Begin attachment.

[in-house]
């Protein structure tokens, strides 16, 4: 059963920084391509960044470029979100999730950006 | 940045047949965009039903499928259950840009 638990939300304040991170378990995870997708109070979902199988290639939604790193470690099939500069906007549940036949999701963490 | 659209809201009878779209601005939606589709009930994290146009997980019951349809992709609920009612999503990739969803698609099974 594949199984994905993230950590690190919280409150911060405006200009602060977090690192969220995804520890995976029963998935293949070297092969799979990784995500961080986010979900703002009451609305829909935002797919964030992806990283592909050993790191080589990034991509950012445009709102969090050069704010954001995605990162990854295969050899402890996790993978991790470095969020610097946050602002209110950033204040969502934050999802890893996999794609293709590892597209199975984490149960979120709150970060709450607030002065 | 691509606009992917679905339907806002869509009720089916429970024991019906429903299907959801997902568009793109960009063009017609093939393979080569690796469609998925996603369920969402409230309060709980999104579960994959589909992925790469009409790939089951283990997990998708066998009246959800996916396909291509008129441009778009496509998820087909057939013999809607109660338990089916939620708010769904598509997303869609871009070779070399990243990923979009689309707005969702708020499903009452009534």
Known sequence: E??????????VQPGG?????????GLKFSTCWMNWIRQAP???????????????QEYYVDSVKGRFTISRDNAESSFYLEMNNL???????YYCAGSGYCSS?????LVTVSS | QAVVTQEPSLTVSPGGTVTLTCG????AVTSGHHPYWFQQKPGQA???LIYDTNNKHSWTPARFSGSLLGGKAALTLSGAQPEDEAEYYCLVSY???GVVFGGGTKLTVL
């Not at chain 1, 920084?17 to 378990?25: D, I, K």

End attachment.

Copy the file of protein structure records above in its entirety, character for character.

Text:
[in-house]
């Protein structure tokens, strides 16, 4: 059963920084391509960044470029979100999730950006 | 940045047949965009039903499928259950840009 638990939300304040991170378990995870997708109070979902199988290639939604790193470690099939500069906007549940036949999701963490 | 659209809201009878779209601005939606589709009930994290146009997980019951349809992709609920009612999503990739969803698609099974 594949199984994905993230950590690190919280409150911060405006200009602060977090690192969220995804520890995976029963998935293949070297092969799979990784995500961080986010979900703002009451609305829909935002797919964030992806990283592909050993790191080589990034991509950012445009709102969090050069704010954001995605990162990854295969050899402890996790993978991790470095969020610097946050602002209110950033204040969502934050999802890893996999794609293709590892597209199975984490149960979120709150970060709450607030002065 | 691509606009992917679905339907806002869509009720089916429970024991019906429903299907959801997902568009793109960009063009017609093939393979080569690796469609998925996603369920969402409230309060709980999104579960994959589909992925790469009409790939089951283990997990998708066998009246959800996916396909291509008129441009778009496509998820087909057939013999809607109660338990089916939620708010769904598509997303869609871009070779070399990243990923979009689309707005969702708020499903009452009534």
Known sequence: E??????????VQPGG?????????GLKFSTCWMNWIRQAP???????????????QEYYVDSVKGRFTISRDNAESSFYLEMNNL???????YYCAGSGYCSS?????LVTVSS | QAVVTQEPSLTVSPGGTVTLTCG????AVTSGHHPYWFQQKPGQA???LIYDTNNKHSWTPARFSGSLLGGKAALTLSGAQPEDEAEYYCLVSY???GVVFGGGTKLTVL
């Not at chain 1, 920084?17 to 378990?25: D, I, K």